Toward the end of May this year, Kate began giving her six-month-old daughter solids for the first time. Among them, a Heinz Farex Breakfast on the Go pouches that she’d purchased from their local supermarket.
The Sydney mum squeezed the ‘Apple and Oatmeal’ into a bowl ready to warm for her little one, but out with the oats came “thick black leaves” of what appeared to be slimy mould.
Kate* says she’d stored the product correctly, and that it was well within its expiry date.
“I just thought, ‘Oh my God! That’s disgusting,” Kate told Mamamia. “When I phoned [Heinz consumer service] to complain, they said occasionally food rots that way, with the black lumps, when air gets through little holes in the packaging. They knew what I was talking about.
“They said, ‘We always recommend that you never squeeze the product directly into their mouth.’”
The product’s packaging promotes the same message: “To serve cold, simply squeeze into a bowl or onto a spoon,” it reads.
“My baby’s still really little, so I would have done that anyway,” Kate said. “But I do have a 20-month-old and he definitely would have grabbed one of them and eaten the whole thing. You see toddlers everywhere, squeezing them into their mouths.”
But more than the experience itself, what shocked Kate most was that several weeks later she saw an animated television commercial for a new range of transparent Heinz for Baby food pouches - part of the brand's ‘Clearly Honest Food’ campaign.
You may have seen it. A baby airport security officer checks a baby traveller’s bag, inspects the food pouches inside and sends him on his way. As the baby holidaymaker leaves, he's shown sucking on one of the pouches - straight out of the tube and into his mouth.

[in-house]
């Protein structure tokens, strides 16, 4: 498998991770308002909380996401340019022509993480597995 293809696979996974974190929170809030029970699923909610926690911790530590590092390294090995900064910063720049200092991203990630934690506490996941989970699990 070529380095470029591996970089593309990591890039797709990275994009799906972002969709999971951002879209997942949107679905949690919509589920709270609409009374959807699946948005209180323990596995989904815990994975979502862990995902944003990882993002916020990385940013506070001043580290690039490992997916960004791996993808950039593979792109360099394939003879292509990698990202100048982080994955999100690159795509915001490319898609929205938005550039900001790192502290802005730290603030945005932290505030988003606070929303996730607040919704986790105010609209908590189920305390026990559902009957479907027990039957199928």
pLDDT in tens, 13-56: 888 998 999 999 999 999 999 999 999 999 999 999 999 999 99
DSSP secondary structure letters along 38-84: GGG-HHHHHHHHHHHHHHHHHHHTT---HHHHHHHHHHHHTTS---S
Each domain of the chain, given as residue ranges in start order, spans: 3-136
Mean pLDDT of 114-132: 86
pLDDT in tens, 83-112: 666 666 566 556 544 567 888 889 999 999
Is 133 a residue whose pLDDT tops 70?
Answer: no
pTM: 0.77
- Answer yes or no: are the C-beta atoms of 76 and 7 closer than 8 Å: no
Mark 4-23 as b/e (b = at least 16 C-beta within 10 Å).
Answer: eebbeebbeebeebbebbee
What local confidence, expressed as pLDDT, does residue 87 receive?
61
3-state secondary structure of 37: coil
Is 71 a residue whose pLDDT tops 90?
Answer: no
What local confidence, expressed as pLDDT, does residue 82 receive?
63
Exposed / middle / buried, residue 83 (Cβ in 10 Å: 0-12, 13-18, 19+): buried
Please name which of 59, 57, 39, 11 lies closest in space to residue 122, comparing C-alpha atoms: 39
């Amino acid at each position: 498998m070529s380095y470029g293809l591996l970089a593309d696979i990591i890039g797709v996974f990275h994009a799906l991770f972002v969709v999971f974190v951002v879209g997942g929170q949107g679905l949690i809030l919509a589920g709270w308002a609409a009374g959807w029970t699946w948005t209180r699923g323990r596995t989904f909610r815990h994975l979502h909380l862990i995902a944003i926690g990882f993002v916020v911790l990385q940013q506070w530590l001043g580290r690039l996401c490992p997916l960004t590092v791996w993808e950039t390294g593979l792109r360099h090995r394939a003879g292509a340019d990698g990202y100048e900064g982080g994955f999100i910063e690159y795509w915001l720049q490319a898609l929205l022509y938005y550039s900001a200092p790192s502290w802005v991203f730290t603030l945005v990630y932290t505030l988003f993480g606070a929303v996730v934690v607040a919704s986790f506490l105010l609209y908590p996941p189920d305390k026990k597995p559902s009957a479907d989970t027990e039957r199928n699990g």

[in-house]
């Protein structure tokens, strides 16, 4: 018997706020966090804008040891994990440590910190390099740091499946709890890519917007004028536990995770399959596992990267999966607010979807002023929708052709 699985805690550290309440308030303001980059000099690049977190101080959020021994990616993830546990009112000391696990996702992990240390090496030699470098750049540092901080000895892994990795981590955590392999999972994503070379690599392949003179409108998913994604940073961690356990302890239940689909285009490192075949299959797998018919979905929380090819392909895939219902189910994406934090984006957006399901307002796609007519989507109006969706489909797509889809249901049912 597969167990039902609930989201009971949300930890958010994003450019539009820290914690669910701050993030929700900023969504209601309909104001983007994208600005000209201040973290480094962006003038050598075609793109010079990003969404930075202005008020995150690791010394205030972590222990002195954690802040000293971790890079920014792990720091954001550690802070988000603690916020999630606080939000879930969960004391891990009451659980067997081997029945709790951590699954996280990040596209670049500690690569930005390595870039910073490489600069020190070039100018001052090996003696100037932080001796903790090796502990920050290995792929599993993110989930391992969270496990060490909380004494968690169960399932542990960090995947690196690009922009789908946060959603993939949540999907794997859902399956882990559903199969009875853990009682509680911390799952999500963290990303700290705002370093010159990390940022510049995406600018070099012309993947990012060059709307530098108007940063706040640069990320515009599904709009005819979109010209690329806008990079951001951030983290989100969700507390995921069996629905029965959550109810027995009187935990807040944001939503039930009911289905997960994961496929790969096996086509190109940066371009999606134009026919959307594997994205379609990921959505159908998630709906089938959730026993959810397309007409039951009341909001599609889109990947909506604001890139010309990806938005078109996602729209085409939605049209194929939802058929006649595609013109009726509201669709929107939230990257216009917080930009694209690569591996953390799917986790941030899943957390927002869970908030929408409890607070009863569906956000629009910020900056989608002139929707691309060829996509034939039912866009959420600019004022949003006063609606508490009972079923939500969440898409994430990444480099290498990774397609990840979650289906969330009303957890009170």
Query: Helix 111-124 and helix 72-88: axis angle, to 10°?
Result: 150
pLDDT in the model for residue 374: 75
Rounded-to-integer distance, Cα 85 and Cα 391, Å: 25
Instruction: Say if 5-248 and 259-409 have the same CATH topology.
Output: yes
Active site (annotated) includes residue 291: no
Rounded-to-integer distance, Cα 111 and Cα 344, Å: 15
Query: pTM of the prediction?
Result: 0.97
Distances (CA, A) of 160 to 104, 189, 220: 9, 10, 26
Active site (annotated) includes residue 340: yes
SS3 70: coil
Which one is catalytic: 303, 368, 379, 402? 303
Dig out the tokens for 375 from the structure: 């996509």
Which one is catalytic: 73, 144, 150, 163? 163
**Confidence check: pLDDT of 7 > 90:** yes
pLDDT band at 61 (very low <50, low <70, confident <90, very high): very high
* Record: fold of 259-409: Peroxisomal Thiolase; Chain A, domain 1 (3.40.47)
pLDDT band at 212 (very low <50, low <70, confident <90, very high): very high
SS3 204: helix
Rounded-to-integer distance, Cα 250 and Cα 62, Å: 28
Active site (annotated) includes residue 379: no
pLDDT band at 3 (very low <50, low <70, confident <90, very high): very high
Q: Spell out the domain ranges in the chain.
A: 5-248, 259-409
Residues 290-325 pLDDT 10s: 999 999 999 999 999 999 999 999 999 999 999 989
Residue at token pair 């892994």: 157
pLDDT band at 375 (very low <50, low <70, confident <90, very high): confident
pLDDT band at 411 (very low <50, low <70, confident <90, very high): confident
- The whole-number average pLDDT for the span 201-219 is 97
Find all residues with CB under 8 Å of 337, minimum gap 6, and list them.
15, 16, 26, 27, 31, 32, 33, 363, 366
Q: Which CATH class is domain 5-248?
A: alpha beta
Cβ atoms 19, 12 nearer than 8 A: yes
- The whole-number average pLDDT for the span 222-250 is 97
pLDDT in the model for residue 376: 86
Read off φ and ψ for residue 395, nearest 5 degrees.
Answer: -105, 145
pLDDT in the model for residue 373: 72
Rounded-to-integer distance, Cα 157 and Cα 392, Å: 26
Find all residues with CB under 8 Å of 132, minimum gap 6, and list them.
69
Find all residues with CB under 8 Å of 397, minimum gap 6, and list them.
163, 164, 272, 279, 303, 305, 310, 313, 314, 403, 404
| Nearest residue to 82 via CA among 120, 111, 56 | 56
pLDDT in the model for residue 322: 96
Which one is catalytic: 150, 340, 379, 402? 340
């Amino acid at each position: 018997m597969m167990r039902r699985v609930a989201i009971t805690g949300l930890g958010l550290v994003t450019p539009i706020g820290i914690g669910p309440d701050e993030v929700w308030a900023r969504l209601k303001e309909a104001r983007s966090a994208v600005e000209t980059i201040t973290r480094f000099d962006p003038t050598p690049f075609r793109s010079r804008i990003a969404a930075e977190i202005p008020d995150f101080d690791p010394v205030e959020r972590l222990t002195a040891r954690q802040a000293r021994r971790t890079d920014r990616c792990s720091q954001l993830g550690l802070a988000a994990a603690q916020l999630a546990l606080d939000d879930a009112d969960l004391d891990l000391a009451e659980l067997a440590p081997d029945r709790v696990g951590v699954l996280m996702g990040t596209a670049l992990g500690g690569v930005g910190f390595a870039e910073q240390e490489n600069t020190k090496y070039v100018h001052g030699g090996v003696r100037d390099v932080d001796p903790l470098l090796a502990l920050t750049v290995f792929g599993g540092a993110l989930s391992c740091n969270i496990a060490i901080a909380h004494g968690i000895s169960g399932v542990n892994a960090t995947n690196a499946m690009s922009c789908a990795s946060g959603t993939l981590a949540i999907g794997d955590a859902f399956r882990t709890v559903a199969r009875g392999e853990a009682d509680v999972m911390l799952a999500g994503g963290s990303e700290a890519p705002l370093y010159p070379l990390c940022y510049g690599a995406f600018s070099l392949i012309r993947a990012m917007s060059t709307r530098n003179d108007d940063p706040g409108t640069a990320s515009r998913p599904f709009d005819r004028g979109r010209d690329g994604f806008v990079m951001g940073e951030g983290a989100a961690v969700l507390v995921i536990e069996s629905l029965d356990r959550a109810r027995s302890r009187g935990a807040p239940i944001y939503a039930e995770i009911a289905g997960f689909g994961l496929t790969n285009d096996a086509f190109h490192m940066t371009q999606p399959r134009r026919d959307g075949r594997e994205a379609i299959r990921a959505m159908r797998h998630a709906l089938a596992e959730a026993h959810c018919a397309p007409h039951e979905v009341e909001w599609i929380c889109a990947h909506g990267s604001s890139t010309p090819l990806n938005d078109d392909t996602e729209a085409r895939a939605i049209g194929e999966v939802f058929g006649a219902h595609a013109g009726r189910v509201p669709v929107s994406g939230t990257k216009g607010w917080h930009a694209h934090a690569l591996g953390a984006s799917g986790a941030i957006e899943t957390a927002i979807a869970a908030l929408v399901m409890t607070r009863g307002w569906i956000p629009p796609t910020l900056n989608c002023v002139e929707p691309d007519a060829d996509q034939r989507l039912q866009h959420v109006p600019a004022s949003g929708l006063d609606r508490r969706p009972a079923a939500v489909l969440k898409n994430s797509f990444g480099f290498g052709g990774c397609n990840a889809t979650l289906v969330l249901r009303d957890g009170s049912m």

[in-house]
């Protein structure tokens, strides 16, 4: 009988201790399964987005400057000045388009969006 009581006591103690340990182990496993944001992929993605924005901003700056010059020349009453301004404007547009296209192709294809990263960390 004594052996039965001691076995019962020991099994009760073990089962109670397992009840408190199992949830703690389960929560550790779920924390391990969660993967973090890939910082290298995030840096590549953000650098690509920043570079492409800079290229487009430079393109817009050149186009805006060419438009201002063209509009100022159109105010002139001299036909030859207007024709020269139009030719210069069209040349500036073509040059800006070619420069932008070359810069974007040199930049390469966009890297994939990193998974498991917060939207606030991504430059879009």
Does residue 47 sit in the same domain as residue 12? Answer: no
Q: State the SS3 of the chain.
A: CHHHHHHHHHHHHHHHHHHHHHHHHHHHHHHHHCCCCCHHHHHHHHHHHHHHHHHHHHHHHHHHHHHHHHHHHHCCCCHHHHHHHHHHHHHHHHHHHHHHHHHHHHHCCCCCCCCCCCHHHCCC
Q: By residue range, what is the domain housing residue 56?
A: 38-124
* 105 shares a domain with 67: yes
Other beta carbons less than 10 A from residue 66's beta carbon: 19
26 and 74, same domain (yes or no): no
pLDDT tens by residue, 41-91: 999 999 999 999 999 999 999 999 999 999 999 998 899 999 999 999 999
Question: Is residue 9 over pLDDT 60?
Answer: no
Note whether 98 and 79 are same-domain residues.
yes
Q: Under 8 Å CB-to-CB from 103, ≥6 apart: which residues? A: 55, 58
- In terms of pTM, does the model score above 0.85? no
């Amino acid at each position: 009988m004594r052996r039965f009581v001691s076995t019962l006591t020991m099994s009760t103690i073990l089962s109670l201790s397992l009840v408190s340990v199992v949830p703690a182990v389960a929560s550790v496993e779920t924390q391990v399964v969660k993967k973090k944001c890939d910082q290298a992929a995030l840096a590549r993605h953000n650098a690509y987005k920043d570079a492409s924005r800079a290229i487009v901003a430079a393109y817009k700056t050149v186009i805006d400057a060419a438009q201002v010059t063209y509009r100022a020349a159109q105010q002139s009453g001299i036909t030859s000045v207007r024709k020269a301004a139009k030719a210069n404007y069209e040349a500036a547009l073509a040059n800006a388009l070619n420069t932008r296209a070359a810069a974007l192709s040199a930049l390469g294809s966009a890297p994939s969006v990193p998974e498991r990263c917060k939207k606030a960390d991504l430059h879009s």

“I understand that companies can’t guarantee their food will be perfect all the time,” Kate said. “But it’s the TV ad that’s the annoying thing to me, because they’re promoting that these are cool things that kids can eat themselves, but clearly they shouldn’t be. It’s a total mixed message.”
While it’s important to note that it cannot be confirmed precisely what the substance in Kate’s Farex pouch was (she says Heinz never asked her to return the product to them for analysis, just for images), the consumption of mould does carry health risks.
Some varieties can cause allergic reactions and respiratory problems, while a few in the right conditions, can produce "mycotoxins", poisonous substances that over time can make you ill.
As University of Sydney biologist Ailsa Hocking and University of Tasmania Food Microbiologist Tom Ross explained via The Conversation, not all moulds on food will produce these harmful chemicals, but without the benefit of a microscope and laboratory it’s difficult to determine either way.
“Given the risk to your health it’s best to take a very cautious approach to visible mould growth on any food,” the pair wrote.
Andrew Daddo owns up to a parenting fail: he stills packs his kids’ lunch box. (Post continues below.)
More than two months after her initial complaint to Heinz, Kate says the company sent her an apology letter - unsigned - and a $5.00 voucher. While she says the consumer services agents had been “concerned and sweet” over the phone, Kate was left feeling frustrated by the company’s gesture.
“The response was totally out of proportion to the fact that a little baby who was trying solids for the first time could have ended up getting sick,” she said.
“If you do buy them - and I’m sure most mums have, here or there - you should feel safe that you can use them.”
In a statement issued to Mamamia, a Heinz Australia spokesperson said that Heinz's manufacturing process involves many strict checks, and that the company has not received any other complaints of this nature relating to these products.
"Our recent reviews indicate that there were no manufacturing issues with the batch in question. We therefore believe that it is highly unlikely that any spoilage has arisen during the manufacturing process," the spokesperson said.
"It is most likely that any mould that has occurred would be due to damage to the pouch within the supply chain to the consumer."
Addressing the commercial, the spokesperson added, "the advertisement is a fictitious, animated scenario in which a toddler takes on the role of an adult customs officer at an airport. Feeding from a spoon remains the recommended method of feeding a toddler or baby food from a pouch."
* Name has been changed at interviewee's request.